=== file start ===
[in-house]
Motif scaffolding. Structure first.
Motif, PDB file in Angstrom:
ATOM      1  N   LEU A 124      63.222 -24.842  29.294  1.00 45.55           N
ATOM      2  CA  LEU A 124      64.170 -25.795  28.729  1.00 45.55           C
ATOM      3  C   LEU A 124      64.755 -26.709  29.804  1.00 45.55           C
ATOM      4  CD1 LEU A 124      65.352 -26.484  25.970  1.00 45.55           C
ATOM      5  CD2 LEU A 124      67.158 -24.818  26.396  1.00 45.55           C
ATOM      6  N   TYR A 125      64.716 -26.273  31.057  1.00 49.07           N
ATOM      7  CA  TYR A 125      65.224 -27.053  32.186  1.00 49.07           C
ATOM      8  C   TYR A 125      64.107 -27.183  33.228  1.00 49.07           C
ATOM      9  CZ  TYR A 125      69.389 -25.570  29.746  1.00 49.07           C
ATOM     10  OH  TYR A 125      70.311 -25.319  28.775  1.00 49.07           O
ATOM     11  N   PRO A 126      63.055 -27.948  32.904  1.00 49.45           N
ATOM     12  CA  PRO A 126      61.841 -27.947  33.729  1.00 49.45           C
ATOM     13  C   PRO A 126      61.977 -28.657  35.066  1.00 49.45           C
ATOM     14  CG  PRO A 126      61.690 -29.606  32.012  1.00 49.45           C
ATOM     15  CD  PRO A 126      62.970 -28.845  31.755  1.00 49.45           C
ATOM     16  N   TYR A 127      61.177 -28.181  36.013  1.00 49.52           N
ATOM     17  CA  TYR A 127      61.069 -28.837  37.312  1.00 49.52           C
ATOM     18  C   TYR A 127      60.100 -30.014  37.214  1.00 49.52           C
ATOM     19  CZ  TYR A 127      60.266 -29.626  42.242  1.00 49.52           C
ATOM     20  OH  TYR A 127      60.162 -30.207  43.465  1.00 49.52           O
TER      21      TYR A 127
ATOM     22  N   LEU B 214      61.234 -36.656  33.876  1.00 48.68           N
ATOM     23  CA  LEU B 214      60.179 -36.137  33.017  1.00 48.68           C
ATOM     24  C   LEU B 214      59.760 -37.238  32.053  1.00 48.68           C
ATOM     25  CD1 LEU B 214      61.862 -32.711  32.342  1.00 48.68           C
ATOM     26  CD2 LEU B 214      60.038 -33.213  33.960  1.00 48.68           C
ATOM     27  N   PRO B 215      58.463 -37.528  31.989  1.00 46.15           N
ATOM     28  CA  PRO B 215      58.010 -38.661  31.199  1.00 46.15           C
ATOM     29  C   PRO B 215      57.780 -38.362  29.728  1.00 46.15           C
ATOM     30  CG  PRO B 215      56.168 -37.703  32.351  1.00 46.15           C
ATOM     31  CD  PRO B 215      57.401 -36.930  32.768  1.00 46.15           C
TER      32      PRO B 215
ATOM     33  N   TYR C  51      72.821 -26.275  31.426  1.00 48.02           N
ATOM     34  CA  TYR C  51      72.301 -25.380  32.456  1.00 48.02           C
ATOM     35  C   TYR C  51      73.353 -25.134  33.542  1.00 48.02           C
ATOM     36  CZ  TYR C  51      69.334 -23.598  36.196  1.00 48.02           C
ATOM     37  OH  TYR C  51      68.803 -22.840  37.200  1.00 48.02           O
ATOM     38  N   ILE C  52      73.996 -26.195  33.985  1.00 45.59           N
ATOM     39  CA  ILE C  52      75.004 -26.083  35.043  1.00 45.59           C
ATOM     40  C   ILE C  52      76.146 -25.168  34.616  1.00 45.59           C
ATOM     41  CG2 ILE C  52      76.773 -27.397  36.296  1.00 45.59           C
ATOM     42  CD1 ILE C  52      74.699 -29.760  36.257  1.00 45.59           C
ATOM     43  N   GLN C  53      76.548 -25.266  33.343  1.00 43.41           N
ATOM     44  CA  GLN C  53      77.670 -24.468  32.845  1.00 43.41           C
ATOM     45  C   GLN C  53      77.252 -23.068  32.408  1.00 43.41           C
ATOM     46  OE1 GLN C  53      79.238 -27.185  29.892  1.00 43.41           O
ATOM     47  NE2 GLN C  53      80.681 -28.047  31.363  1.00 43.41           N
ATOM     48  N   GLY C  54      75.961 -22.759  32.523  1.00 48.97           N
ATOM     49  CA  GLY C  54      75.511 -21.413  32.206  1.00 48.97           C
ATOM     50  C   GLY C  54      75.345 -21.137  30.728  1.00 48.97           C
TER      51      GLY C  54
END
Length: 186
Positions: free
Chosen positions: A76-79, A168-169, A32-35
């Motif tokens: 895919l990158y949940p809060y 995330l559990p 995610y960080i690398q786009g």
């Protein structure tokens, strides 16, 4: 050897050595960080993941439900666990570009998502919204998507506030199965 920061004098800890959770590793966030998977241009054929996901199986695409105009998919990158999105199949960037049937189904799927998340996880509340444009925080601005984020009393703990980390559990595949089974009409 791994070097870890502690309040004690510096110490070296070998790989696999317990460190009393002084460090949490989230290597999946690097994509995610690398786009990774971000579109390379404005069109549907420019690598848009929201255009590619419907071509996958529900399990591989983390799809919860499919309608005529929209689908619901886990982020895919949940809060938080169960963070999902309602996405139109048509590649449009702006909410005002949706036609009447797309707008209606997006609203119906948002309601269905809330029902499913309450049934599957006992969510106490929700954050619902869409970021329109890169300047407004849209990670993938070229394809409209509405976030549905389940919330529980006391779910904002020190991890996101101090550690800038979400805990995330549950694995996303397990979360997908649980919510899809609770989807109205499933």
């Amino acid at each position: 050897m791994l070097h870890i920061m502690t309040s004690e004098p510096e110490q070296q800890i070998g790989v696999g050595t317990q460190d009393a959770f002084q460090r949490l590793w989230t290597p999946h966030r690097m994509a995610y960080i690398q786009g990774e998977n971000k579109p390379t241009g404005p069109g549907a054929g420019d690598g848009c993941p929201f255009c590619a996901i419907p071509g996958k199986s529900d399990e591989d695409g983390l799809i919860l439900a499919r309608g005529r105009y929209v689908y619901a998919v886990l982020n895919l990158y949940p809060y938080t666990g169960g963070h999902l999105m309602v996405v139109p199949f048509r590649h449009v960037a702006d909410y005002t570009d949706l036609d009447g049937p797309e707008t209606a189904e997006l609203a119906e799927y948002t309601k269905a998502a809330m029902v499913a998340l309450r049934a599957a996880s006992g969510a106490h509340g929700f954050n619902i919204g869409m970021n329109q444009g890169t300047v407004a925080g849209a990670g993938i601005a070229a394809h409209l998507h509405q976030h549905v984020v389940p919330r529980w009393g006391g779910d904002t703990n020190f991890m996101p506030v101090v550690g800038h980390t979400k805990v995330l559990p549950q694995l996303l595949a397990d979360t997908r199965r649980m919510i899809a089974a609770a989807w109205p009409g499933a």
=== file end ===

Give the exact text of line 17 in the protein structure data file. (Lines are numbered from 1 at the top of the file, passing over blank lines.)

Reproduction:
ATOM     14  CG  PRO A 126      61.690 -29.606  32.012  1.00 49.45           C